Patterns of emotional availability among young mothers and their infants: A dydaic, contextual analysis.Infant Ment Health J. 2005 Jul; 26(4):309-326.IM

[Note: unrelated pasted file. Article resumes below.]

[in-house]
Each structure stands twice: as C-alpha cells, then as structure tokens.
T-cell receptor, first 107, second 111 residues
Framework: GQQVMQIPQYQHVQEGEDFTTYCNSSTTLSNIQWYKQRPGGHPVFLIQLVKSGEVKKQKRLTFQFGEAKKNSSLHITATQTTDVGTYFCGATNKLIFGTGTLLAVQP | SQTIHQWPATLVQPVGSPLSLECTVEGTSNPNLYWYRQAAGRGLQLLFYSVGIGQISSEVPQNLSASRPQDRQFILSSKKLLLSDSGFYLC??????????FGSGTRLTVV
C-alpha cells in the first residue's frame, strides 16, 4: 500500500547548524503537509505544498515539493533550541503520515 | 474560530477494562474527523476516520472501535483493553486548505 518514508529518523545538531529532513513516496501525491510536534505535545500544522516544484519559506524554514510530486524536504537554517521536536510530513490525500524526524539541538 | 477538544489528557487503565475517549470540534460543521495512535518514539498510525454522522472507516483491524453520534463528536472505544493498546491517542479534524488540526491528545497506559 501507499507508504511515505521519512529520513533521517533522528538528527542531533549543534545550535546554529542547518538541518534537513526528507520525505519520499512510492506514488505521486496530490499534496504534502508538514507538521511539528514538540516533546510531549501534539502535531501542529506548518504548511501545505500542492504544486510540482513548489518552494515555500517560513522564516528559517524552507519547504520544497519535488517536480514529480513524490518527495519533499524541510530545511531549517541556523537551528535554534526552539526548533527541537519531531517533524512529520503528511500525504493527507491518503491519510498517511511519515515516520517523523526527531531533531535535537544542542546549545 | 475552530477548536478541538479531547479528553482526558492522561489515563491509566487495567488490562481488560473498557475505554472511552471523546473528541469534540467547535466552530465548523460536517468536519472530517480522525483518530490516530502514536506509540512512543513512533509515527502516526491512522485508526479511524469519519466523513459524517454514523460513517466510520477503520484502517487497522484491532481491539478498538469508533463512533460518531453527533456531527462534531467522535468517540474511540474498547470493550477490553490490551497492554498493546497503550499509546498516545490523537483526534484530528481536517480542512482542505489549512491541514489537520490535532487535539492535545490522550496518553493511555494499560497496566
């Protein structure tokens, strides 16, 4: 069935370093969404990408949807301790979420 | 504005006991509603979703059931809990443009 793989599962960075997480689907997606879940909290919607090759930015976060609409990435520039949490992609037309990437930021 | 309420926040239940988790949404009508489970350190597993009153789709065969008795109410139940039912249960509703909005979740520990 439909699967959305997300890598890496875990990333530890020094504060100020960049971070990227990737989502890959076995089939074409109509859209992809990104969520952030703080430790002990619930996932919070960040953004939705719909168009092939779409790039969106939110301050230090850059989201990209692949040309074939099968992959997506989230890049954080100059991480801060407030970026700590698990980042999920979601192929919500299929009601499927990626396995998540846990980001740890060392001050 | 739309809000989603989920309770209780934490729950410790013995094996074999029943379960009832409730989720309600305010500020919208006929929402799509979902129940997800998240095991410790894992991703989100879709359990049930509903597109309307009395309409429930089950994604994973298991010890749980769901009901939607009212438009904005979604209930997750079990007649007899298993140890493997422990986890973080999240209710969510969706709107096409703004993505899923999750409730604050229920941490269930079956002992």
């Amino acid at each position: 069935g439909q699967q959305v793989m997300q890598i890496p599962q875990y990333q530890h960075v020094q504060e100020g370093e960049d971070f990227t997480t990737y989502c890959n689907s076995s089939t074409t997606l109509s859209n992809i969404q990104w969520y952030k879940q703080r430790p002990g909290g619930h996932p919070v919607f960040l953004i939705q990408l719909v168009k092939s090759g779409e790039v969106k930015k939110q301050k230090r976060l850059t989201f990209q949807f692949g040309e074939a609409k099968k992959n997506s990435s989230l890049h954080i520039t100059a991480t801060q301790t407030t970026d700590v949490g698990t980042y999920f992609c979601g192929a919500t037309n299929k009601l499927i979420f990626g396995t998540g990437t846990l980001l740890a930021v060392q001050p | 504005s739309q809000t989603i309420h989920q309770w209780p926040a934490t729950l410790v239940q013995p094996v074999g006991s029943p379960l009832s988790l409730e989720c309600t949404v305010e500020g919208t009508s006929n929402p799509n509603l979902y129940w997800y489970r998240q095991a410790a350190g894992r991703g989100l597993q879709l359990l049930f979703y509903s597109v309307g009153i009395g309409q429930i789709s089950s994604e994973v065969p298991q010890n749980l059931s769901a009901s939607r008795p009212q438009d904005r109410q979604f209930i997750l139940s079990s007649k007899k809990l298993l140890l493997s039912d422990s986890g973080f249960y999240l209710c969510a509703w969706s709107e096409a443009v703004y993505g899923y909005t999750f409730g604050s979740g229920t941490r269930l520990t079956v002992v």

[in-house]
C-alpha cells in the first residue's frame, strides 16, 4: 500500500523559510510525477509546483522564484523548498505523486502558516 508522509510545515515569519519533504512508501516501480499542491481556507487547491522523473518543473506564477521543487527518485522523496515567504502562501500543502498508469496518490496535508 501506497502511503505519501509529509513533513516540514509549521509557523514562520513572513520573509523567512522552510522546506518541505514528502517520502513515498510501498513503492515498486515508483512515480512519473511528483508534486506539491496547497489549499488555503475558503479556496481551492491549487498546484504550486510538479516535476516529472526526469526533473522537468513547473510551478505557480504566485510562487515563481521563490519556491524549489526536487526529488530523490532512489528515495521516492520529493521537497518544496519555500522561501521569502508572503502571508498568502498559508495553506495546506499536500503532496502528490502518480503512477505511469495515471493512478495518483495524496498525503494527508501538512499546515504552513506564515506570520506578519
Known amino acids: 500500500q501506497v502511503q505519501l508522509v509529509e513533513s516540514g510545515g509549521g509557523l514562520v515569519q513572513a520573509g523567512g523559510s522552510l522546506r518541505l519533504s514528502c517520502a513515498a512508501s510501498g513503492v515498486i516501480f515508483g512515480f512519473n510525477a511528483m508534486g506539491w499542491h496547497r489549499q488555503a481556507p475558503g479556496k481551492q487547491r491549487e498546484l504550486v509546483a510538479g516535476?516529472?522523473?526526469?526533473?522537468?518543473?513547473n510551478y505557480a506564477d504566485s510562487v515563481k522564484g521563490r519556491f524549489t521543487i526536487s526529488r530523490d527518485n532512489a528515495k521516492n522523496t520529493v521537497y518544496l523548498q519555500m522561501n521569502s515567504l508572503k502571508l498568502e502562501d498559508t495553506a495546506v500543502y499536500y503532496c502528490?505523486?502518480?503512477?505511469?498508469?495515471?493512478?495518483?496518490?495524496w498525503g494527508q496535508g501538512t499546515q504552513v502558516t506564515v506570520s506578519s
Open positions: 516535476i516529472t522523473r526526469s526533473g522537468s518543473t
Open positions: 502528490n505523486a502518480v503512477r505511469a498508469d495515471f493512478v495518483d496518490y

The aim of this study was to examine patterns of emotional availability among 80 young mothers (under 21 years at their child's birth) and their infants, and to identify contextual and individual factors associated with different patterns of emotional availability. To operationalize the dyadic aspect of emotional availability, cluster analysis of the Emotional Availability Scales, third edition (EAS; Biringen, Robinson, & Emde, 1998) was conducted on mother and infant scales simultaneously. Four distinct groups of emotional availability patterns emerged, reflecting synchrony and asynchrony between maternal and child behavior: (a) low-functioning dyads, (b) average dyads, (c) average parenting/disengaged infants, and (d) high-functioning dyads. Further analyses revealed that mothers in different clusters differed on outcomes such as depressive symptomatology, social support, and relationships with their own mothers. The clusters and the variables related to them demonstrate the various challenges in integrating the dual tasks of adolescent and parenting development among young mothers. The clinical implications of these patterns of emotional availability and live context are discussed.